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The U.S. could manufacture batteries, but it’s a dirty business
Mar 9, 2021

The U.S. could manufacture batteries, but it’s a dirty business

Many of the raw materials for making clean-energy batteries are mined overseas but could be produced here.

The key to a cleaner energy future is batteries. Regular listeners will know I’m a little obsessed with this topic. Now, I’m not alone. Last week, General Motors confirmed plans for a new battery production plant somewhere in the U.S. And last month, President Joe Biden ordered a review of the domestic supply chain for large-capacity batteries.

Right now, most of the materials for making batteries come from other countries. But many of those metals, including lithium and cobalt, can be found here in the U.S. I spoke with Chris Berry, a strategic-metals consultant and president of House Mountain Partners. The following is an edited transcript of our conversation.

Chris Berry: A lot of people, when they hear lithium or cobalt or rare earth elements, they think that these resources are rare. And they’re actually not. I mean, you could actually extract lithium from seawater if you had the right technology and the incentive price was high enough. You really need three factors to line up to make things happen in the United States. No. 1 is you need ample capital. No. 2 is you need political will. And the third factor is time.

Molly Wood: Let’s tease those apart a little bit. So the capital, in some ways, that’s happening. Does there need to be a commensurate investment from the United States? Is it all private capital? Could a carbon tax play into this?

Berry: Yeah, I think the majority of the capital that is going to build out the supply chain is going to come from the capital markets themselves. I think the government will really be there to backstop some of these strategic projects. But I would not expect the U.S. government, whether or not it’s specific departments like Energy or Defense, to match the scale of capital in the private markets.

Wood: And then what are the political hurdles to establishing like a new manufacturing industry in the United States? That seems like sort of a no-brainer, actually.

Berry: The challenge has always been: How do we build these mines? “Mining” is, quite frankly, it’s been a dirty word in the United States for a long time. You have that sort of NIMBY view, where it’s great to have access to the raw materials, whether or not they come from the [Democratic Republic of the Congo] or from China or areas of South America. But we’ll mine it elsewhere, and we’ll import it here into the United States. And my view has always been that security of supply of the raw material is the most important piece of this supply chain.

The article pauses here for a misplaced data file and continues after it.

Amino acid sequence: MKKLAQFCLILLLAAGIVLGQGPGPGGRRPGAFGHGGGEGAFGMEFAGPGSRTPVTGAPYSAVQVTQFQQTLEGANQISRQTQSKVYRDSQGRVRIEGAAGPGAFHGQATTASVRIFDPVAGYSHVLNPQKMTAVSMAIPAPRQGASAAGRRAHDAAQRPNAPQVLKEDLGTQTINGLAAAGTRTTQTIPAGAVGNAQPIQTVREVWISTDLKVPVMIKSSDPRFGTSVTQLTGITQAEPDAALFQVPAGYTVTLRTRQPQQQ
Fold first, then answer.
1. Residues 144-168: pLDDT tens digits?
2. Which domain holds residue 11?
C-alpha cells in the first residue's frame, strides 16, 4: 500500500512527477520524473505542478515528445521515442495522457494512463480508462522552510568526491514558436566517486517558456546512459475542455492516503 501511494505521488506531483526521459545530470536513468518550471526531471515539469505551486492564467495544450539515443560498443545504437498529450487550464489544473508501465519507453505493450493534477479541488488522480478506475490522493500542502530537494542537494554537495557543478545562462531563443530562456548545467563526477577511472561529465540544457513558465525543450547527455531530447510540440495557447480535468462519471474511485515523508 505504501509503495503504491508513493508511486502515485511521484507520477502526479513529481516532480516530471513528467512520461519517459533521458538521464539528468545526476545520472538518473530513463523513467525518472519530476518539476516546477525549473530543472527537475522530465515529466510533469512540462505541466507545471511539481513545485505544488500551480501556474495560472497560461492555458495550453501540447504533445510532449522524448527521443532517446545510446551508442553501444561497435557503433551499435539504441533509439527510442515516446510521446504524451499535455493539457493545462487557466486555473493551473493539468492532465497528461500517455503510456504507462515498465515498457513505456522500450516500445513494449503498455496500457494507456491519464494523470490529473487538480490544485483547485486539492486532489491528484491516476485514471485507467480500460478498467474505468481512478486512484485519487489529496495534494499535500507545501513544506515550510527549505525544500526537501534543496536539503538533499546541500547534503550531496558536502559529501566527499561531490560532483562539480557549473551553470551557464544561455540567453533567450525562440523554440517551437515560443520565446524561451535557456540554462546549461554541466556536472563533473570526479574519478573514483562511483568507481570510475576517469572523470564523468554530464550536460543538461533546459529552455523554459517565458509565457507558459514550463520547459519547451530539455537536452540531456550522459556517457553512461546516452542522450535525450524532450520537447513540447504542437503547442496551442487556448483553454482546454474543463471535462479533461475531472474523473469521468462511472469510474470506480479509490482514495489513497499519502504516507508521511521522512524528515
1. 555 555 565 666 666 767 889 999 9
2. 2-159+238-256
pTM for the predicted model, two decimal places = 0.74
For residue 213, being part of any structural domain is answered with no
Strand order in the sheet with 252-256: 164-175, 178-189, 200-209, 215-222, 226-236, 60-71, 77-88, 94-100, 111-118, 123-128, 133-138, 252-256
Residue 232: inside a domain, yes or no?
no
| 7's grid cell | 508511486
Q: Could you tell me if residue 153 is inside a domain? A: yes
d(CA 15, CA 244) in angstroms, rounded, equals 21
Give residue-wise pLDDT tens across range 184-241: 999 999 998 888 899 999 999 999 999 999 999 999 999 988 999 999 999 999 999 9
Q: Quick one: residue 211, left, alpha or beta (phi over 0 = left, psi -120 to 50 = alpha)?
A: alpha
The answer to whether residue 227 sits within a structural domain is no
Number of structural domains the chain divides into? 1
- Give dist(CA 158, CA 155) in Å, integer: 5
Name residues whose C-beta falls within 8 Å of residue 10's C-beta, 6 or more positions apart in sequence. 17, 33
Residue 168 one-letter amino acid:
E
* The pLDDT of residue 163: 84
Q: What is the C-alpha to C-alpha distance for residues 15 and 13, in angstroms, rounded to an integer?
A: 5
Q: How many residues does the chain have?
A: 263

Wood: It’s interesting, though, because “mining” has not just been a dirty word, it’s been a dirty practice. And so I wonder, could the prospect of doing that domestically help to clean up that industry writ large?

Berry: Yeah, I think that’s a great point. And I completely agree. One of the things that I think we really learned from COVID-19 and from the U.S.-China trade war was it exposed weaknesses in existing supply chains. One of which was, again, we’re really not sure about mining practices in countries like China. And I just use them as an example because they’re sort of the 800-pound gorilla when you talk about these supply chains. But the more of that supply chain that we can bring home and put a fresh set of eyes on it, you can kind of rest assured as a consumer that you’re utilizing Western technology to mine and refine these materials. It may be a little bit more expensive, obviously, because of labor costs in particular. But again, I think that’s probably the price that we’re going to pay to make sure that there is full accountability along the supply chain, which is what consumers and governments alike are all looking for right now.